What’s Really Going on with the Polling Industry Explained…

As I am sure you have noticed, President Donald Trump does not seem to be doing all that well in the polls of late. Not that he’s down by much in any one poll, he’s down nonetheless. And even being remotely so is cause for celebration in the Democrat camp.

However, there is one pollster that consistently shows a different story.

Enter the Democracy Institute.

If you’ve never heard of it before, don’t worry. Most people haven’t, as their results have not been widely publicized on any mainstream media networks. Neither are they included in the two most significant polling average indices, FiveThirtyEight or RealClearPolitics.

The reason for this is that they have been deemed by most to be an outlier.

And why? Well, because, of course, they have put Trump above Biden, even if not by much, in just about every poll, both nationally and in major battleground states.

But outlier or not, it wouldn’t be wise to simply ignore the polls or their results. After all, this pollster was one of the only ones to accurately predict two of the largest political events in recent years. According to Jim Rossi of Forbes, “The Democracy Institute is a relative newcomer to political polling – but it correctly forecast Brexit and Trump’s historic 2016 upset.”

Not exactly small potatoes, huh?

But then why are their polls so much different than the rest of the industry?

Well, as polling director for the Democracy Institute, Patrick Basham explains, “there is a misreading of the electorate, based on many assumptions that are not likely accurate.” He continued, saying, “Some polls may just be off, some are advancing an agenda, and there is an intertwining of the two.”

To those of us not so accustomed to polls and how they work, Basham explains, “Polling is supposed to be incredibly scientific, and the science is more advanced than ever. But polling has always been a synthesis of science and art – and polls are more art than science in 2020. One of the major challenges is figuring out how the electorate will look.”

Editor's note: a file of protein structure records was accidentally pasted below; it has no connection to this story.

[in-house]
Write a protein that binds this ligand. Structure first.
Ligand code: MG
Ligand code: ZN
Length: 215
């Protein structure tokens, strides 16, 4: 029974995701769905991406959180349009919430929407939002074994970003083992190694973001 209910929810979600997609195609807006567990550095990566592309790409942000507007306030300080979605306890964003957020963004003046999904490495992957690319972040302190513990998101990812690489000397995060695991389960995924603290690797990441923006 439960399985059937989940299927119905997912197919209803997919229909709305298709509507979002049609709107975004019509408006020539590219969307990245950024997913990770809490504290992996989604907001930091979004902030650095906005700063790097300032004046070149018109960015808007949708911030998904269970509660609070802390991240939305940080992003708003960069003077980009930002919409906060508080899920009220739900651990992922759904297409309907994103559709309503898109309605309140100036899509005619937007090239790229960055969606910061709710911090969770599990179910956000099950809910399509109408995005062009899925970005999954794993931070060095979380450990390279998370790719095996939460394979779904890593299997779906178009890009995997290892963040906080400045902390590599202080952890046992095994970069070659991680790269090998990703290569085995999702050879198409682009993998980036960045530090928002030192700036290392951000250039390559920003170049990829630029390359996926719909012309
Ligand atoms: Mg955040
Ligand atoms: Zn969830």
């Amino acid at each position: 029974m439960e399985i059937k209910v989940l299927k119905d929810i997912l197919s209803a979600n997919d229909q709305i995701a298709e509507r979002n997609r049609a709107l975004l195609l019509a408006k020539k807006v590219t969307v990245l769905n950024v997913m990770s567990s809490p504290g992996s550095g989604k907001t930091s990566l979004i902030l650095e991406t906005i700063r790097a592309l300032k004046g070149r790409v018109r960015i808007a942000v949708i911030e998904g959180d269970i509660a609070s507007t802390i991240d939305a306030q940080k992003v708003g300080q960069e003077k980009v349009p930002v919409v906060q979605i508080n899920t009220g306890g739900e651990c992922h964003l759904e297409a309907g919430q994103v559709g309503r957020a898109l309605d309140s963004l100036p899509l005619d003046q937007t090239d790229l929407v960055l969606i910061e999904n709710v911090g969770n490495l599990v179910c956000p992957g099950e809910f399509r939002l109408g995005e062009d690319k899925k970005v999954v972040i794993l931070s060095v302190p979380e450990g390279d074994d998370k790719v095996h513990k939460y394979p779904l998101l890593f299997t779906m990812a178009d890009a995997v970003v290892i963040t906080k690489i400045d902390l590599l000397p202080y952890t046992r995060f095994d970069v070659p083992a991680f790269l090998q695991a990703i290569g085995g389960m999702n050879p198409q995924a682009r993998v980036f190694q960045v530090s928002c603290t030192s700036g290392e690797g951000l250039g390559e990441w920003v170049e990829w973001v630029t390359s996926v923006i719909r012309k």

Now, the electorate, or assumed turnout for the election, is much more than your basic demographics. You know, men vs. women, whether they have college degrees, how many minority voters there are, and so on. In addition, you must also consider how motivated those people will likely be to actually cast a vote – whether in person or by mail.

And this is where Basham thinks most of those in his industry have gotten it wrong.

“With most of the mainstream polls – New York Times, CNN, the university polls – a fundamental assumption is that the electorate – aka turnout- will be much, much larger than 2016.” As he tells Forbes, most have estimated that some “10-30 million more voters” will use their voice this year. And since it seems that many Democrats didn’t show up in 2016 for Hillary “(t)hat makes it essential that polls capture many, many more Democrat voters.”

However, Basham doesn’t think this is the correct way to handle it.

So what is the Democracy Institute doing? They weigh for a “lower turnout and try to estimate shy Trump voters or secret Trump voters.”

He says this is precisely what they did to determine the 2016 and Brexit results, and, as it turns out, those were pretty accurate. And in 2020, Basham thinks there will be even more “shy Trump voters.”

He said, “Our questions go like this: ‘If you were a Trump voter, would you tell anybody? Would you tell family? A friend? A coworker? Would you put a sign on your lawn or your car?”

Not surprisingly, the answer to most of those is a resounding no, especially among white women and people of color.

Another reason Basham says mainstream polls aren’t likely to show accurate results is that often they have been hired by media outlets which offer a “certain reward for a certain outcome.”

Take ORC Opinion Research Corporation, for example.  CNN fired them after the 2016 election because while they predicted “pretty accurate” results, they consistently showed Trump ahead of Clinton.

Or what about USC (University of Southern California)? Similarly, this pollster showed Trump to be “competitive in 2016.” But because of fear or similar punishment, they later claimed ‘technical problems” and changed their results, effectively under polling conservative voters to do so.

Basham and the Democracy Institute have held steady to their methodology, and so far, while earning them quite a bit of criticism from the left, it has paid off well for them.

As Forbes notes, they the “only” poll to currently show “Trump leading.”